Is the UK too ‘stuffy’ for tech?
In a speech last month, Nadine Dorries, the new minister for digital, culture, media & sport, noted that amongst tech entrepreneurs, the UK can still be seen as a bit “stuffy”.
The minister’s words echo the comments of James Anderson of Baillie Gifford to the FT over the summer. Mr Anderson has been one of the leading investors in the tech sector, but blamed the lack of entrepreneurial spirit in general and support for the fund management world in particular for the UK’s failure to grow giant companies. In his view the issue had led the FTSE being an index for the “19th century and not even a 20th century index” .
Sir James Dyson, one of our best known entrepreneurs has been similarly downbeat on the issue: “UK culture doesn’t celebrate the entrepreneur”.
There is clearly a lot of work to do, but in my view there are causes for optimism.
For one, the government does seem to be trying to move things in the right direction. During the pandemic its Future Fund provided £1bn in funding to early stage start-ups, with an overhaul to the UK Listings rules looking increasingly likely in a move to make the LSE more attractive to tech firms. The Kalifa Review of UK Fintech also put forward a number of sensible proposals for improvement.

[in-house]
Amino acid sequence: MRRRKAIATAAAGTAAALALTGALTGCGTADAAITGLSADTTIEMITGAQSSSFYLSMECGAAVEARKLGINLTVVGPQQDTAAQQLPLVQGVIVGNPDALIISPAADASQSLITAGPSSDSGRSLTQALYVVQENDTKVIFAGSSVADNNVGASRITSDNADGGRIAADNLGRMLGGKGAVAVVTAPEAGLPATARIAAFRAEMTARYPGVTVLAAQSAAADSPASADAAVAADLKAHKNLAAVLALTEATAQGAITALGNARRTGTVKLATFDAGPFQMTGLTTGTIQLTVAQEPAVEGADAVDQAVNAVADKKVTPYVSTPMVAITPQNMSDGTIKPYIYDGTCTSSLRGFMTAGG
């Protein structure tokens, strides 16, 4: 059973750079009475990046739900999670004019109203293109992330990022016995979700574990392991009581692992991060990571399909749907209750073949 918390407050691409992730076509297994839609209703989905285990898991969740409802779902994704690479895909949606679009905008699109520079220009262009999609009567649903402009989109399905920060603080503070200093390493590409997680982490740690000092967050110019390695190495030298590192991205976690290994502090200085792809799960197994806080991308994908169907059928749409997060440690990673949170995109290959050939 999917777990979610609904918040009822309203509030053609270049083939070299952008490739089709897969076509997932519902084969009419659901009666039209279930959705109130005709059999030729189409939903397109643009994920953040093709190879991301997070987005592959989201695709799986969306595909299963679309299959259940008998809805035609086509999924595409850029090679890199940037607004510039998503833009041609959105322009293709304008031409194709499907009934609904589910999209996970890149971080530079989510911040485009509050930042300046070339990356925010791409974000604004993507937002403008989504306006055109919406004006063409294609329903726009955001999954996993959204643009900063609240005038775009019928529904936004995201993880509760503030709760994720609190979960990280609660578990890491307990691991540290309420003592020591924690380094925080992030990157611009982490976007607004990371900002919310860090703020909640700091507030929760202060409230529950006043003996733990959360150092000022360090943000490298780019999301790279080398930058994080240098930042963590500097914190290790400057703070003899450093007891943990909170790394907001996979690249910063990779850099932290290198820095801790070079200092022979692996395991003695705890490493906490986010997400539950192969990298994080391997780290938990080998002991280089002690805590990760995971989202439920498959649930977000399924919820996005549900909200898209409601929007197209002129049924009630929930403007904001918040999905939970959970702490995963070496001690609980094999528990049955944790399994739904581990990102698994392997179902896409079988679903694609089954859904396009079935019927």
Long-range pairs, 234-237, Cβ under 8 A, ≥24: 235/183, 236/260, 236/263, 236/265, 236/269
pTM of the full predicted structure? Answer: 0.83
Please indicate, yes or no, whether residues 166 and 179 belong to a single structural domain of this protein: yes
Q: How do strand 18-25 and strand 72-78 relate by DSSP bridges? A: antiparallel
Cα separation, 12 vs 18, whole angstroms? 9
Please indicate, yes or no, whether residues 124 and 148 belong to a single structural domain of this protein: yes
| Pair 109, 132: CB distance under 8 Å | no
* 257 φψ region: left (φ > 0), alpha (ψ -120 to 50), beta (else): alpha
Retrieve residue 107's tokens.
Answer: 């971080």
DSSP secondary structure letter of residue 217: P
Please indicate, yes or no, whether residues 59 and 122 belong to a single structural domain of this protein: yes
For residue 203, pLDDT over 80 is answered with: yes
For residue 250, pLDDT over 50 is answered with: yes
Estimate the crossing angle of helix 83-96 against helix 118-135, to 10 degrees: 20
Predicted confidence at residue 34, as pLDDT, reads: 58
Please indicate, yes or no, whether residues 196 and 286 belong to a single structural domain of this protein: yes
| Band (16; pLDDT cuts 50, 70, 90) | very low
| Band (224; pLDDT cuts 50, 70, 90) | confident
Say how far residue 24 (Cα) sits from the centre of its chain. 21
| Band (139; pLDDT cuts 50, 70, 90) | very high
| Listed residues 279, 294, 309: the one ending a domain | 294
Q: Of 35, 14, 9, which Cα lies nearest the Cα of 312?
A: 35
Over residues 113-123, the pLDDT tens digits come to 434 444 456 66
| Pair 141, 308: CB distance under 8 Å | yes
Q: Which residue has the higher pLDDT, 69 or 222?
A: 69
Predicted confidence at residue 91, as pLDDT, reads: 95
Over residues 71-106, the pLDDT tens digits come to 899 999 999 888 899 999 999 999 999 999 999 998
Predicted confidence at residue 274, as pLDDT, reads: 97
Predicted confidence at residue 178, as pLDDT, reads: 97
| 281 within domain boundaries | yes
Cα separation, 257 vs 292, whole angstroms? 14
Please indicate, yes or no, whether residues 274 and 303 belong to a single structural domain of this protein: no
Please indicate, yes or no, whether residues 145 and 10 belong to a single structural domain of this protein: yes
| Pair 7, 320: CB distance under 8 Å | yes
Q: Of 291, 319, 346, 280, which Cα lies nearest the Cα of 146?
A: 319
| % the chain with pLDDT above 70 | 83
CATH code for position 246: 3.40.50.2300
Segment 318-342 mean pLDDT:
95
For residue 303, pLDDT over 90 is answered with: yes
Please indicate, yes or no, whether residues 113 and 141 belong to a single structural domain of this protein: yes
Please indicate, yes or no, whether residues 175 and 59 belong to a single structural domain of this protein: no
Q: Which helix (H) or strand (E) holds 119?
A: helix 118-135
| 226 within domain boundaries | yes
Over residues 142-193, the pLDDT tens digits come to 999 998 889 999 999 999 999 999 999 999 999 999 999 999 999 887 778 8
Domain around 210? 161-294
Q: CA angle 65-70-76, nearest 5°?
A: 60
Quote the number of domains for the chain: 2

The success of early UK tech unicorns like Revolut is helping to grow an ecosystem to support newer firms. In some cases the link is very direct – for instance co-founders of insuretech unicorn Zego met while working at Deliveroo.
We also reportedly had our 100th unicorn in June, with start-ups and scaleups raising a record breaking £13.5bn in the first six months alone, suggesting at least some investors are seeing positives in the UK tech scene.
Culture is still an issue, but for me things are moving the right direction. In my own practice I have found it heartening to see how even some of our ‘old money’ investors have been increasingly interested in angel investment or larger bets on tech companies. For my contemporaries going to work for a tech start-up is also no longer the left-field choice it was not that long ago.
More needs to be done, but for me the UK is remarkably less stuffy in its attitude to tech than it was even five years ago.
Charlie Hewlett is an Associate in the Corporate team at Boodle Hatfield and a member of the firm’s specialist Entrepreneurs Group.